Hence, the book will appeal to researchers in the field of global environmental politics and also to practitioners working for international administrations, IOs, national delegations, or civil society organizations. For practitioners, the book’s subject is relevant and timely for at least three reasons: First, members of national delegations at multilateral negotiations arguably have a vital interest in understanding how different actors strive for influence and control during and in between negotiations, in order to determine the relationship to other actors that is beneficial for them. Therefore, understanding the role of IPAs as actors in global environmental politics, their interests, motives, and strategies, can be a strategic advantage. While the principal–agent relationship between national delegations and IPAs can be regarded as one prominent, widely shared point of reference for practitioners (in the present example in their role as parties, i.e., principals), in this book we argue that understanding IPAs as partially autonomous actors with their own interests and motivations will provide valuable insights for (state) practitioners regarding their own strategic interaction with IPAs and other actors during and between multilateral negotiations. Parties can also conceive of IPAs as potential partners, rather than agents or instruments. They can thus seek productive collaboration with them, use the relationship with them strategically, or tap into IPAs’ unique expertise about policies and processes. As argued in Chapter 4 by Well et al., IPAs try to present themselves this way when they act as “attention-seeking bureaucracies.” Thinking beyond the principal–agent roles can have a practical advantage for practitioners and in this sense be liberating and productive. This is also true for nonstate practitioners because nonstate actors in multilateral negotiations increasingly have a fingerprint on multilateral processes and may use their relationships to IPAs to further their goals. Chapters 2 to 4 work with concepts that emphasize this perspective. On the other side, Chapters 6 and 7 show very clearly what merit the principal–agent approach continues to have by providing a detailed analysis of how parties exert or gradually lose control over IPAs owing to their (in)ability to control secretariat financing.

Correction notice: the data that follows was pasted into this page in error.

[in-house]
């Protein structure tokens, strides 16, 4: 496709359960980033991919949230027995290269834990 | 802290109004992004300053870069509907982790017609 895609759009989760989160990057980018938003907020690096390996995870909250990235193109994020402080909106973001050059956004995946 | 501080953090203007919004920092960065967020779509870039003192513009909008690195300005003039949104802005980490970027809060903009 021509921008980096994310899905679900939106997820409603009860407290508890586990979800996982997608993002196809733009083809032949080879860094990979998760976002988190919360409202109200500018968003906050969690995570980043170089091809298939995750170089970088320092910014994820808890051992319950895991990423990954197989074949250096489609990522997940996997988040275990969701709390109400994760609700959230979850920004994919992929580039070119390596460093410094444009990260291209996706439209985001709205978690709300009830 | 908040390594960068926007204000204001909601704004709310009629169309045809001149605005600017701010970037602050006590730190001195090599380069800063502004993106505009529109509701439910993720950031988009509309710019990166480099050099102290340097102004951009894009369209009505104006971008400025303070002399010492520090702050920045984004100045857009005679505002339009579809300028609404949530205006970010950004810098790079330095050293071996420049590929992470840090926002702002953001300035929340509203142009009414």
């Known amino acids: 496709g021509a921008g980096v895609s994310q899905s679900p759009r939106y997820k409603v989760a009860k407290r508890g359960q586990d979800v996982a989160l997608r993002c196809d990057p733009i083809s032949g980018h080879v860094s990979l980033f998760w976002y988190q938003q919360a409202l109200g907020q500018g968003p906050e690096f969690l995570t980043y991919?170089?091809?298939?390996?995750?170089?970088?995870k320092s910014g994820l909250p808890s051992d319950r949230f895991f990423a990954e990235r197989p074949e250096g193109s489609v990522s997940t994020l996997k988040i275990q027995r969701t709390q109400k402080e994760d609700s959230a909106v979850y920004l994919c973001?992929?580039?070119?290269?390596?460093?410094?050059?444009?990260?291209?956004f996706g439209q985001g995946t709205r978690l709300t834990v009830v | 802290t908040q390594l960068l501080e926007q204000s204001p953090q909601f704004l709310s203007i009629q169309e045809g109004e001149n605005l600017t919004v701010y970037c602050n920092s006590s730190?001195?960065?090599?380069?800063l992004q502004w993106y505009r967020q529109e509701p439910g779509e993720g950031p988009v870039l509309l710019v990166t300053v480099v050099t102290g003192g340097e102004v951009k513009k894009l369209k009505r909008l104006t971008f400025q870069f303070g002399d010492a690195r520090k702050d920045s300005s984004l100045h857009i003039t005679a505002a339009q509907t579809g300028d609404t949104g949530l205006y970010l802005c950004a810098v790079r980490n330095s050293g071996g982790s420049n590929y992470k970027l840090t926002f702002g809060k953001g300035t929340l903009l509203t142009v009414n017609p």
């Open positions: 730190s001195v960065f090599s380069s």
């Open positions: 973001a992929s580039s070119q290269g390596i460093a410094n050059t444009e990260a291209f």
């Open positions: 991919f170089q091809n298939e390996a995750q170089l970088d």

Second, IPAs act as brokers and strategically connect negotiation parties as well as nonparty and party stakeholders with one another. This perspective is empirically underpinned in Chapter 9. It invites practitioners to understand the actor network they work in as an emerging global administrative space, in which the connection to IPAs can be of strategic importance for the impact one organization can have in the policy network. Conceiving of IPAs as brokers of information and policy ideas in international environmental politics and positioning oneself vis-à-vis these actors can be a powerful tool.

Finally, state and nonstate practitioners may be interested in understanding how democratically legitimate certain practices observed among IPAs are (Chapter 8). This allows questions to be answered about the normative desirability of IPAs’ tendency to become actors in their own right. Understanding these aspects is certainly valuable for informing and justifying state and nonstate policies and choices in an evolving multilateral setting, for example, with regard to institutional design, development, or reform concerning existing or emerging policy issues.